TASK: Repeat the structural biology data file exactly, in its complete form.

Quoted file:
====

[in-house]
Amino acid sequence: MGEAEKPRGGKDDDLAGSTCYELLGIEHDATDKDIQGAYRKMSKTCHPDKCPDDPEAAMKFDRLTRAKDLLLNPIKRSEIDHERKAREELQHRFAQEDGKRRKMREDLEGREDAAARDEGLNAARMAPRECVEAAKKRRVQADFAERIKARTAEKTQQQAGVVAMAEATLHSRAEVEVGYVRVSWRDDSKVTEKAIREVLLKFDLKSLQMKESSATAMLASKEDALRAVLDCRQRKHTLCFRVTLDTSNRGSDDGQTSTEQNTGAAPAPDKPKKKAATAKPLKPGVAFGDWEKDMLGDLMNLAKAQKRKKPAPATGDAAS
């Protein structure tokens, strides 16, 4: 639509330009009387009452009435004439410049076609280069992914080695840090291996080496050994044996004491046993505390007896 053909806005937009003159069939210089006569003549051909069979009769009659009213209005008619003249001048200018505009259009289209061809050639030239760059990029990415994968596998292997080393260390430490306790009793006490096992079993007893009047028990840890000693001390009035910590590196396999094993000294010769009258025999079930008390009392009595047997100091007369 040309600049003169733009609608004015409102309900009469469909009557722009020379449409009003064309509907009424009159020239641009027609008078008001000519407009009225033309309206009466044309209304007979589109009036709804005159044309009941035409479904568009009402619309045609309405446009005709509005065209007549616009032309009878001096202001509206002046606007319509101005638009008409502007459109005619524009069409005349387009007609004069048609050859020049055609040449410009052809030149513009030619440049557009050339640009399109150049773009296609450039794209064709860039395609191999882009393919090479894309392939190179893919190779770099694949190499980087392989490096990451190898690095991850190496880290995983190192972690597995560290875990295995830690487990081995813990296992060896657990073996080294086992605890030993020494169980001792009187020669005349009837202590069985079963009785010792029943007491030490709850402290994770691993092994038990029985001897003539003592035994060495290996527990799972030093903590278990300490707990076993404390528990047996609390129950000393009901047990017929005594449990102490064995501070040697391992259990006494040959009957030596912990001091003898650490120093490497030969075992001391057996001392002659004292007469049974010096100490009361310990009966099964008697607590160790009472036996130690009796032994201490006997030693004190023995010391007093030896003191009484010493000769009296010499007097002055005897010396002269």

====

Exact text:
[in-house]
Amino acid sequence: MGEAEKPRGGKDDDLAGSTCYELLGIEHDATDKDIQGAYRKMSKTCHPDKCPDDPEAAMKFDRLTRAKDLLLNPIKRSEIDHERKAREELQHRFAQEDGKRRKMREDLEGREDAAARDEGLNAARMAPRECVEAAKKRRVQADFAERIKARTAEKTQQQAGVVAMAEATLHSRAEVEVGYVRVSWRDDSKVTEKAIREVLLKFDLKSLQMKESSATAMLASKEDALRAVLDCRQRKHTLCFRVTLDTSNRGSDDGQTSTEQNTGAAPAPDKPKKKAATAKPLKPGVAFGDWEKDMLGDLMNLAKAQKRKKPAPATGDAAS
């Protein structure tokens, strides 16, 4: 639509330009009387009452009435004439410049076609280069992914080695840090291996080496050994044996004491046993505390007896 053909806005937009003159069939210089006569003549051909069979009769009659009213209005008619003249001048200018505009259009289209061809050639030239760059990029990415994968596998292997080393260390430490306790009793006490096992079993007893009047028990840890000693001390009035910590590196396999094993000294010769009258025999079930008390009392009595047997100091007369 040309600049003169733009609608004015409102309900009469469909009557722009020379449409009003064309509907009424009159020239641009027609008078008001000519407009009225033309309206009466044309209304007979589109009036709804005159044309009941035409479904568009009402619309045609309405446009005709509005065209007549616009032309009878001096202001509206002046606007319509101005638009008409502007459109005619524009069409005349387009007609004069048609050859020049055609040449410009052809030149513009030619440049557009050339640009399109150049773009296609450039794209064709860039395609191999882009393919090479894309392939190179893919190779770099694949190499980087392989490096990451190898690095991850190496880290995983190192972690597995560290875990295995830690487990081995813990296992060896657990073996080294086992605890030993020494169980001792009187020669005349009837202590069985079963009785010792029943007491030490709850402290994770691993092994038990029985001897003539003592035994060495290996527990799972030093903590278990300490707990076993404390528990047996609390129950000393009901047990017929005594449990102490064995501070040697391992259990006494040959009957030596912990001091003898650490120093490497030969075992001391057996001392002659004292007469049974010096100490009361310990009966099964008697607590160790009472036996130690009796032994201490006997030693004190023995010391007093030896003191009484010493000769009296010499007097002055005897010396002269």